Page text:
Our daughter Julia was born on the 1st of September 1994 - the day of the IRA ceasefire. That laying down of arms was reciprocated on the 10th of October 1994 by the CLMC (the Combined Loyalist Military Command). It meant that the war of over 30 years was effectively over. We gave our girl a middle name of 'Hope' in tribute to that monumental day. In fact September 2014 will be its 20th Anniversary - twenty years of Peace - when most thought such a thing was impossible - a pipe dream.

In truth it's hard for me to be rational about the song "Teenage Kicks", the wonderful John Peel or indeed this film about a dreamer with a little idea and a big heart. I sat there watching "Good Vibrations" and bawled my eyes out like a minion peeling onions - filled with love for these ballsy real-world characters and their moment of glory in the headlights of hate.

This is a story that needed to be told about hope, music and bridging divides. "I'm going to do something I've never done before. I'm going to play that again..." the mighty John Peel said over the radio on that famous broadcast.

I suspect you will be doing the same with this brill little film...
Help other customers find the most helpful reviews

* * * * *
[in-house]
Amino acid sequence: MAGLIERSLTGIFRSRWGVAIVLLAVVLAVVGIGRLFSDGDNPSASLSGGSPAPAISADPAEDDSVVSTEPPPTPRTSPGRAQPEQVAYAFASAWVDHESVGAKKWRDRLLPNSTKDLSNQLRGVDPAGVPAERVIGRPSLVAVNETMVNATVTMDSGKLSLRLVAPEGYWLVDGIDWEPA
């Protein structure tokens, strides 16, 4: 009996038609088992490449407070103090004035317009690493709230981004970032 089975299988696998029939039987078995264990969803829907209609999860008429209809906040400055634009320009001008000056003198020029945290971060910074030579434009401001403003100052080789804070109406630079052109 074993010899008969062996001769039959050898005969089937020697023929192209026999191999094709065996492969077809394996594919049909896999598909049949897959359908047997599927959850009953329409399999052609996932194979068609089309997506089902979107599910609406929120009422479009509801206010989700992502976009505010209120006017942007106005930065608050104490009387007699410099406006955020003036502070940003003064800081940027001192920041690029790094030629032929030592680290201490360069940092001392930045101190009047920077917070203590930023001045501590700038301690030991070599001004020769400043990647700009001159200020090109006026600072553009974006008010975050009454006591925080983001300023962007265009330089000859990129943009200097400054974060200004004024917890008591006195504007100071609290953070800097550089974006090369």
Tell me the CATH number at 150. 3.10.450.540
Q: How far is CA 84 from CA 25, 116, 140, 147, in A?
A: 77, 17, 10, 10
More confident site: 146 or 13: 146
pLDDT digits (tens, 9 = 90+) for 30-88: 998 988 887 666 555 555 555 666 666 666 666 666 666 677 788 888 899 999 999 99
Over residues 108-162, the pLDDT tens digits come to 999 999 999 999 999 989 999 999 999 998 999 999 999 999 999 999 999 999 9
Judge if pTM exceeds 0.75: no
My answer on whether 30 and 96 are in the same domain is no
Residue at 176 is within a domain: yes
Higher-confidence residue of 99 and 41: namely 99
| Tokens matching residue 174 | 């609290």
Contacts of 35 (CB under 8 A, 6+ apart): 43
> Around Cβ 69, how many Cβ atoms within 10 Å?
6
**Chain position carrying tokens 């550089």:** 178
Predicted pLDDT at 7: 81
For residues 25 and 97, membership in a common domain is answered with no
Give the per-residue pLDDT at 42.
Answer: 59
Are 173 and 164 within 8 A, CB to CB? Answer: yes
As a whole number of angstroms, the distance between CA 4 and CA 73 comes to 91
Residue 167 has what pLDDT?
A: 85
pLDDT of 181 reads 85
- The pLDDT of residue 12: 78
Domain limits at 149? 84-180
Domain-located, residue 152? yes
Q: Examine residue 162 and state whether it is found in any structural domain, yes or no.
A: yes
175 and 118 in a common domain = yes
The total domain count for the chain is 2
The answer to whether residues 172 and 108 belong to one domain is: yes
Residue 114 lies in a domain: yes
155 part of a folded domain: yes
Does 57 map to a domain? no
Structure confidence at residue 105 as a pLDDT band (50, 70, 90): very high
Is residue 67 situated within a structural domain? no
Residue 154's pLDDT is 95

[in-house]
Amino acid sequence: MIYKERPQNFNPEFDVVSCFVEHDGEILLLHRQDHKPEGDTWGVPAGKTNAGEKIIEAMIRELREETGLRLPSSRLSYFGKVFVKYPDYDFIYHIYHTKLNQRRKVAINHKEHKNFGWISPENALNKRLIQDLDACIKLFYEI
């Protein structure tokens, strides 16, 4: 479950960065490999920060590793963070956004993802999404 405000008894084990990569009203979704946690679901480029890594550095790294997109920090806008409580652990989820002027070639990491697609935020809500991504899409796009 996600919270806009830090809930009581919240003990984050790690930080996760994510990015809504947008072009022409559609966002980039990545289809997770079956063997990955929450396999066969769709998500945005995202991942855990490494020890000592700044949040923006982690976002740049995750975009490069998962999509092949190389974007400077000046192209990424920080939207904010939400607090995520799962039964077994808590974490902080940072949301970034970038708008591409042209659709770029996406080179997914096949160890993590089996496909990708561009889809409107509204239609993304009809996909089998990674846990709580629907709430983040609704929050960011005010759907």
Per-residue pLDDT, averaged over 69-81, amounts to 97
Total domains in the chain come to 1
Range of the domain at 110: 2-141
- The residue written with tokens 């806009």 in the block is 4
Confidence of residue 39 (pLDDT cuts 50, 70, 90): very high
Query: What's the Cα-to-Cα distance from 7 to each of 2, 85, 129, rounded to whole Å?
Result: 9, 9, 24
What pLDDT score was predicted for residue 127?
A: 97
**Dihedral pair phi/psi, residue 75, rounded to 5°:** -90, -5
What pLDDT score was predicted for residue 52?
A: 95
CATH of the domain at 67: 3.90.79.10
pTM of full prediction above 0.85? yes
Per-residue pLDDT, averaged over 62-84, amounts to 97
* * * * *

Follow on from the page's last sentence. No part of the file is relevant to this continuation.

Was this review helpful to you? Yes No


4 of 4 people found the following review helpful
4.0 out of 5 stars Good Vibrations, 29 Oct 2013
This review is from: Good Vibrations [DVD] [2012] (DVD)
This is a fine film. Richard Dormer is excellent and his characterisation of Terri Hooley reflects the mix of bravado and vulnerability that made the man what he was. The supporting cast is excellent. Dormer should have been nominated for every award going. A special mention must go to Adrian Dunbar's wig for a sceen stealing cameo.
Help other customers find the most helpful reviews 
Was this review helpful to you? Yes No


4 of 4 people found the following review helpful
5.0 out of 5 stars Superb piece of cinema...!, 21 Sep 2013
Verified Purchase(What is this?)
Spine tingling.... That's all can say about the feeling I had when Richard Dormer spoke his first lines as Terri.... he had if down to a tee. Refreshing to see a movie come out of Northern Ireland that nods to the Troubles without dwelling on the period on the late 70s and early 80s when there was....a fantastic piece of work I look forward to more creativity from the Team that produced this little gem...
Help other customers find the most helpful reviews 
Was this review helpful to you? Yes No


4 of 4 people found the following review helpful
5.0 out of 5 stars Great story of a great man., 16 Aug 2013
Verified Purchase(What is this?)
This review is from: Good Vibrations [DVD] [2012] (DVD)
I have been looking forward to seeing this... and it was well worth watching.
For those who don't know, it is the story of Terri Hooley - who? - you may ask...